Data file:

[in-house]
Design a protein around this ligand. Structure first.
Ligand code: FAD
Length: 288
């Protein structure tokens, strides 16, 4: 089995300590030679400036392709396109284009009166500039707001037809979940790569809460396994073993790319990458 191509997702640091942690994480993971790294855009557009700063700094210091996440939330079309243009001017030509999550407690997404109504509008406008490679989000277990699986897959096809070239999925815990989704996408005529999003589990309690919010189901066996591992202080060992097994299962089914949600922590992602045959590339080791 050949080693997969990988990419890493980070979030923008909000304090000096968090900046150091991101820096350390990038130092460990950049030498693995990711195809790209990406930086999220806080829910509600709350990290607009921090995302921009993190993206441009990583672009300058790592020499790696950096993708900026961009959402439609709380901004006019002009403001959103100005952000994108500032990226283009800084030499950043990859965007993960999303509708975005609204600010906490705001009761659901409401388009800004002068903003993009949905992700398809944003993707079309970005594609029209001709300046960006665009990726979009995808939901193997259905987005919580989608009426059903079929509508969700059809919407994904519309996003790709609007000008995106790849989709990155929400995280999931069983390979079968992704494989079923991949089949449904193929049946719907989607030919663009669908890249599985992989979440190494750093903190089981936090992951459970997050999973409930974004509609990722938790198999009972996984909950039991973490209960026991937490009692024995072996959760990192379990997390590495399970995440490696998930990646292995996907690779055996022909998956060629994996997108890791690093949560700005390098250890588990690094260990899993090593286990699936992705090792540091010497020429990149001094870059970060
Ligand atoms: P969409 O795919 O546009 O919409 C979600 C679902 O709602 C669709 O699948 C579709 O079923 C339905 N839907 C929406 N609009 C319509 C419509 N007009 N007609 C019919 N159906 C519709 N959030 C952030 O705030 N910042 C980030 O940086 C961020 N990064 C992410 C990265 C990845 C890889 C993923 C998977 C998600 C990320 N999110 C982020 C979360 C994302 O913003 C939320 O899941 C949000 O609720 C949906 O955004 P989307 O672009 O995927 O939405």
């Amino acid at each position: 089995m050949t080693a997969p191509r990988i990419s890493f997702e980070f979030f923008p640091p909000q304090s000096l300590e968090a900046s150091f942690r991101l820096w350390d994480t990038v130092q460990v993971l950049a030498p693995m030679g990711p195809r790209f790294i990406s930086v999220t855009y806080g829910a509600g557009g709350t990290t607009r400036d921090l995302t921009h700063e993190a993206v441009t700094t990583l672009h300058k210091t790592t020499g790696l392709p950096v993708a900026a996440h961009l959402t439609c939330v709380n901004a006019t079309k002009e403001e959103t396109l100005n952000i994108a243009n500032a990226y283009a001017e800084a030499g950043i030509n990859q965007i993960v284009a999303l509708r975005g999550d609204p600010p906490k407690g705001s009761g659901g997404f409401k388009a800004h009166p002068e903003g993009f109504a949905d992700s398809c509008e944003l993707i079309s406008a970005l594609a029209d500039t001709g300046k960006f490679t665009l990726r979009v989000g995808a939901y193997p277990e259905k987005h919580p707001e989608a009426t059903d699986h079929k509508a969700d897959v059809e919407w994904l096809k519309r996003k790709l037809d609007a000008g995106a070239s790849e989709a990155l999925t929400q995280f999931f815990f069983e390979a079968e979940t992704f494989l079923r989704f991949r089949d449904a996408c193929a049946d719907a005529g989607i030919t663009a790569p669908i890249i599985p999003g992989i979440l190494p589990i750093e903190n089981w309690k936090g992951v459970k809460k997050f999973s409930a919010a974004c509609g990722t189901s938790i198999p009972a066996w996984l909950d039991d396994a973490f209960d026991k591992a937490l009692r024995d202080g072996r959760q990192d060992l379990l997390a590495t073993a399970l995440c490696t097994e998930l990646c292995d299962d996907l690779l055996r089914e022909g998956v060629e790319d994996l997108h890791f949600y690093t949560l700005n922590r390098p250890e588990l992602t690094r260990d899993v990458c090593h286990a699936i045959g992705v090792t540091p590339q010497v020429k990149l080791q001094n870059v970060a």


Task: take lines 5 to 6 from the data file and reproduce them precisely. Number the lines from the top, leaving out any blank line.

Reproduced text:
């Protein structure tokens, strides 16, 4: 089995300590030679400036392709396109284009009166500039707001037809979940790569809460396994073993790319990458 191509997702640091942690994480993971790294855009557009700063700094210091996440939330079309243009001017030509999550407690997404109504509008406008490679989000277990699986897959096809070239999925815990989704996408005529999003589990309690919010189901066996591992202080060992097994299962089914949600922590992602045959590339080791 050949080693997969990988990419890493980070979030923008909000304090000096968090900046150091991101820096350390990038130092460990950049030498693995990711195809790209990406930086999220806080829910509600709350990290607009921090995302921009993190993206441009990583672009300058790592020499790696950096993708900026961009959402439609709380901004006019002009403001959103100005952000994108500032990226283009800084030499950043990859965007993960999303509708975005609204600010906490705001009761659901409401388009800004002068903003993009949905992700398809944003993707079309970005594609029209001709300046960006665009990726979009995808939901193997259905987005919580989608009426059903079929509508969700059809919407994904519309996003790709609007000008995106790849989709990155929400995280999931069983390979079968992704494989079923991949089949449904193929049946719907989607030919663009669908890249599985992989979440190494750093903190089981936090992951459970997050999973409930974004509609990722938790198999009972996984909950039991973490209960026991937490009692024995072996959760990192379990997390590495399970995440490696998930990646292995996907690779055996022909998956060629994996997108890791690093949560700005390098250890588990690094260990899993090593286990699936992705090792540091010497020429990149001094870059970060
Ligand atoms: P969409 O795919 O546009 O919409 C979600 C679902 O709602 C669709 O699948 C579709 O079923 C339905 N839907 C929406 N609009 C319509 C419509 N007009 N007609 C019919 N159906 C519709 N959030 C952030 O705030 N910042 C980030 O940086 C961020 N990064 C992410 C990265 C990845 C890889 C993923 C998977 C998600 C990320 N999110 C982020 C979360 C994302 O913003 C939320 O899941 C949000 O609720 C949906 O955004 P989307 O672009 O995927 O939405």